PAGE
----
I couldn’t take my eyes off the blonde woman in the pink sweater, as she swayed to and fro with a tender smile on her face, singing to the cute little black girl she held in her arms. In the midst of a huge crowd, she was oblivious to the cameras as she sang, “Nelson Mandela, Nelson Mandela” in tribute to one of the greatest human beings our world has ever seen.
This was CNN’s coverage, live from Johannesburg, South Africa on Thursday, December 5, minutes after the announcement that the beloved leader had passed. At 1am South Africa time, while my father-in-law drove to Mandela’s home and joined the crowds gathered to celebrate this exceptional man, I was watching from the floor of my bedroom, thousands of miles away in California.
And as I continued to watch CNN over the next few days, and read the tweets from media in the US, South Africa, Israel, as I refreshed my Facebook feed and liked friends’ status updates when they changed their profile pictures to smiling faces of Madiba, paid him their respects, shared their favorite Mandela quotes and tribute videos, I realized how far away from South Africa, from Mandela’s South Africa, I really was.
I think of myself as a small-town girl, from Pretoria. In truth, Pretoria is a big city. Thirty miles north of Johannesburg, it’s the national capital, home to the Union Buildings where presidents, including Mandela, are inaugurated and where most government business is conducted. A couple million people live in Pretoria. It has its own university – the University of Pretoria – and its own rugby team – the Blue Bulls. Theaters, schools, shopping centers, restaurants, green leafy suburbs, a bustling central business district, hospitals. There is nothing small-town about it.
Except in the way I grew up – white, Jewish, privileged, sheltered.
My world – and the world of most of the Jewish families living in Pretoria in the eighties – was limited both physically and socially to the suburbs surrounding our Jewish day school and synagogue, with weekend drives to nearby Johannesburg and the Vaal River. Pretty small-town.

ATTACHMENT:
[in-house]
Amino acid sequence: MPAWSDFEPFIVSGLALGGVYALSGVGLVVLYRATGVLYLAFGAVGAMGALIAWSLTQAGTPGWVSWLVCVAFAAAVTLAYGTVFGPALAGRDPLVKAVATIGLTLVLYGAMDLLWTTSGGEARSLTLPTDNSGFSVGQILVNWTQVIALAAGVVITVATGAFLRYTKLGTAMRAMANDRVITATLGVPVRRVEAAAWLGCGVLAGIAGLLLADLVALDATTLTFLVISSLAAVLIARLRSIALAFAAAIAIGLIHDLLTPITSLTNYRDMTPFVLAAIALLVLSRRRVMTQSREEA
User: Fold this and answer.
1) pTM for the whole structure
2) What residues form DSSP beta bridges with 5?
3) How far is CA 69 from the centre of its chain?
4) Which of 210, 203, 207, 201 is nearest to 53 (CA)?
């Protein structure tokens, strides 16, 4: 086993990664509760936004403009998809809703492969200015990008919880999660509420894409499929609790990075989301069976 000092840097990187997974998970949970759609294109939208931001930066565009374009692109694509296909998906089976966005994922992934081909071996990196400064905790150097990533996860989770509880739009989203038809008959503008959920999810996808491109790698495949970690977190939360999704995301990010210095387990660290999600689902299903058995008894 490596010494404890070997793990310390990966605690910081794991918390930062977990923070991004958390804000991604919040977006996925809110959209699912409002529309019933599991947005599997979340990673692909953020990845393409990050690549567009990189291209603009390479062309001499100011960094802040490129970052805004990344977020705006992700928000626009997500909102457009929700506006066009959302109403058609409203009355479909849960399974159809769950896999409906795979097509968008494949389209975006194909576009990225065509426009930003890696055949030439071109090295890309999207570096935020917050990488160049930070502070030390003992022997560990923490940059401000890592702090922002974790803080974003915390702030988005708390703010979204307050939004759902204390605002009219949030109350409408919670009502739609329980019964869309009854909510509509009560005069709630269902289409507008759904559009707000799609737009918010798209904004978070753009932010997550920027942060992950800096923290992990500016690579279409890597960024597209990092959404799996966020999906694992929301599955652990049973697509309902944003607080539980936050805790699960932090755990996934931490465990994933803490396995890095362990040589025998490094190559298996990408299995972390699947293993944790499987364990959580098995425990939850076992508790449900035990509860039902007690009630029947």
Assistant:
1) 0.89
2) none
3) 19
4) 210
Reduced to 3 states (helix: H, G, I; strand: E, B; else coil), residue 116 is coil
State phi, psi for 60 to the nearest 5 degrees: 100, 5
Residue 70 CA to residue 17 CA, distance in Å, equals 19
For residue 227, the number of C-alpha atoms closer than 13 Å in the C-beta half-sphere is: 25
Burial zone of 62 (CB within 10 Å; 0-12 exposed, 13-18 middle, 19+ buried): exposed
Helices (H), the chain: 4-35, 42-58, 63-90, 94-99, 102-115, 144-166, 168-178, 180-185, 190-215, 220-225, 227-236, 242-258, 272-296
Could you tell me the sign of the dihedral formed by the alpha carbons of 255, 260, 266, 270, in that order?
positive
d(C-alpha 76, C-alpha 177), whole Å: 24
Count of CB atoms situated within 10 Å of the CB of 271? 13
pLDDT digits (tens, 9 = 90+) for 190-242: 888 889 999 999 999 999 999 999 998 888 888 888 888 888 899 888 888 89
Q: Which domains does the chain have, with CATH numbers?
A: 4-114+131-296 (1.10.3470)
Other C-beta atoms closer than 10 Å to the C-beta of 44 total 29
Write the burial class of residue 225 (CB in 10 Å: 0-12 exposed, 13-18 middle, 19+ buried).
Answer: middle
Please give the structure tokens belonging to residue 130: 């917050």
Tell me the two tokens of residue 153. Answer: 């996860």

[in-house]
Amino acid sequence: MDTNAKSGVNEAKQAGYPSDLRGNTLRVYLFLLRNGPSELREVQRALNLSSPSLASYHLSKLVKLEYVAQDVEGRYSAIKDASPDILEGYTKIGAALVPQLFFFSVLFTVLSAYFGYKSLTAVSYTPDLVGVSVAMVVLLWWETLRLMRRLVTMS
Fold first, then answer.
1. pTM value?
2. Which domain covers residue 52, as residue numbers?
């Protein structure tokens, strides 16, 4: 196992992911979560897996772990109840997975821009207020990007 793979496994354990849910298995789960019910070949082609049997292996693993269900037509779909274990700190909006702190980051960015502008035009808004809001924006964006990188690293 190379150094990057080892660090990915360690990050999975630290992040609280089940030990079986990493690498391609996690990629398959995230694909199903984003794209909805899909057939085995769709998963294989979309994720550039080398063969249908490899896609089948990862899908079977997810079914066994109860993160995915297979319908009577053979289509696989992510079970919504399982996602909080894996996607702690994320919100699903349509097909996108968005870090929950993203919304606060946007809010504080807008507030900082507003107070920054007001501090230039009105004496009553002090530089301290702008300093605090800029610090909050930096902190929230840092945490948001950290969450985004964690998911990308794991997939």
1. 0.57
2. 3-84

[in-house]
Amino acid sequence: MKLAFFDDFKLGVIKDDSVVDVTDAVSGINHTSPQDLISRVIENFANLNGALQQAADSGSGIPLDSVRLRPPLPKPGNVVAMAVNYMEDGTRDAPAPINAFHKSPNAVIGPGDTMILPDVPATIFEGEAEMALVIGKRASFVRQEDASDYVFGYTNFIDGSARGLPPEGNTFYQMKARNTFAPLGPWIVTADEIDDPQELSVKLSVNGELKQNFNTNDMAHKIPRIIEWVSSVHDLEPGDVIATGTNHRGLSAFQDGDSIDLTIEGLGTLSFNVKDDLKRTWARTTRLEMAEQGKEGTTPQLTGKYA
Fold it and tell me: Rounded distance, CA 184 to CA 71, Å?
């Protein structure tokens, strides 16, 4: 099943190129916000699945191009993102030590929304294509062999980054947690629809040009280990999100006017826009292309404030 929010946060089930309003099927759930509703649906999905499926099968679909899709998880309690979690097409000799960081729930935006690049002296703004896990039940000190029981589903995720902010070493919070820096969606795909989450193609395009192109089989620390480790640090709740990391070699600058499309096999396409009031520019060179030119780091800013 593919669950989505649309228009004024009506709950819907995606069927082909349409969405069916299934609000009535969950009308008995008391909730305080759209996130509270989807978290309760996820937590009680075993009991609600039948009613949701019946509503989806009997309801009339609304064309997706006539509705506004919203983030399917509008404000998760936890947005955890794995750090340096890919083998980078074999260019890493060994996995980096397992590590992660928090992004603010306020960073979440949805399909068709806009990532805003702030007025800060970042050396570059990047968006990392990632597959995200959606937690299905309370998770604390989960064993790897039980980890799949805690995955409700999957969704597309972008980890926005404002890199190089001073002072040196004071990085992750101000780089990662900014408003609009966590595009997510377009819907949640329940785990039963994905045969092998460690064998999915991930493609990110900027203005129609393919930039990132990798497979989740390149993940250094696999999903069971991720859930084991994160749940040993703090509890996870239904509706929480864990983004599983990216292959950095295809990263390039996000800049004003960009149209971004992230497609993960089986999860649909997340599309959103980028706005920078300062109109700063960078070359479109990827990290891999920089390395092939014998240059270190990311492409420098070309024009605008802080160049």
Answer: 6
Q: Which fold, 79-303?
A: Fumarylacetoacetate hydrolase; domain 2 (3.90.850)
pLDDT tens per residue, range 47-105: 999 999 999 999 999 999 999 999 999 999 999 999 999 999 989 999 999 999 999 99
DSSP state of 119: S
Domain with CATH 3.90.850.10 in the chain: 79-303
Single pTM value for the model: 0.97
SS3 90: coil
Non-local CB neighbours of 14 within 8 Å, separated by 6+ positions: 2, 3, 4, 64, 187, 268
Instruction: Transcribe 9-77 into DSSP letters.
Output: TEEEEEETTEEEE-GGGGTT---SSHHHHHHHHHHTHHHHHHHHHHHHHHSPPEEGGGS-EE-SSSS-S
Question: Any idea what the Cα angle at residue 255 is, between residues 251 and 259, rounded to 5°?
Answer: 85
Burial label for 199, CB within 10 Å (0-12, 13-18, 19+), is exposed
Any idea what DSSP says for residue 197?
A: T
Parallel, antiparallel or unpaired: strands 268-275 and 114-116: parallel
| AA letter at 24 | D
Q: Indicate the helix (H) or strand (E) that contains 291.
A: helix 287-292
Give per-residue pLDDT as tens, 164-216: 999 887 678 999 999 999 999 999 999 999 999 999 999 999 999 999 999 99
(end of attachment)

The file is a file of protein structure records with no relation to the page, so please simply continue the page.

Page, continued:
Pretoria’s Jewish community was, and still is, largely comprised of anti-apartheid Jews, many of whom were the children and grandchildren of Holocaust and World War 2 survivors – if not survivors themselves – who had emigrated to South Africa from Lithuania, Russia, Germany, Poland. Well-versed in what it means to be discriminated against, oppressed, hated. They were not supportive of a government that perpetuated the same abhorrent schisms.
Fewer Jews settled in Pretoria than in Jo’burg, and the community I grew up in was tight-knit and protective. Seen through my young eyes, it was idyllic despite the apartheid happening around me.
Most white kids growing up in South Africa in the eighties understood apartheid – perhaps not in detail, but we all had a strong sense of the segregation, discrimination and oppression happening around us. It was a part of our lives: our housekeepers were mandated to carry identity passbooks with them wherever they went – if they were questioned by police and didn’t have their passbook they were arrested. There were green buses for white people and red buses for black people. Park benches and public toilets had signs bolted on: “Net Blanke – Only Whites” (in Afrikaans and English, not in any other language). The economic and social divide between blacks and whites was enormous, gaping, seemingly unbridgeable.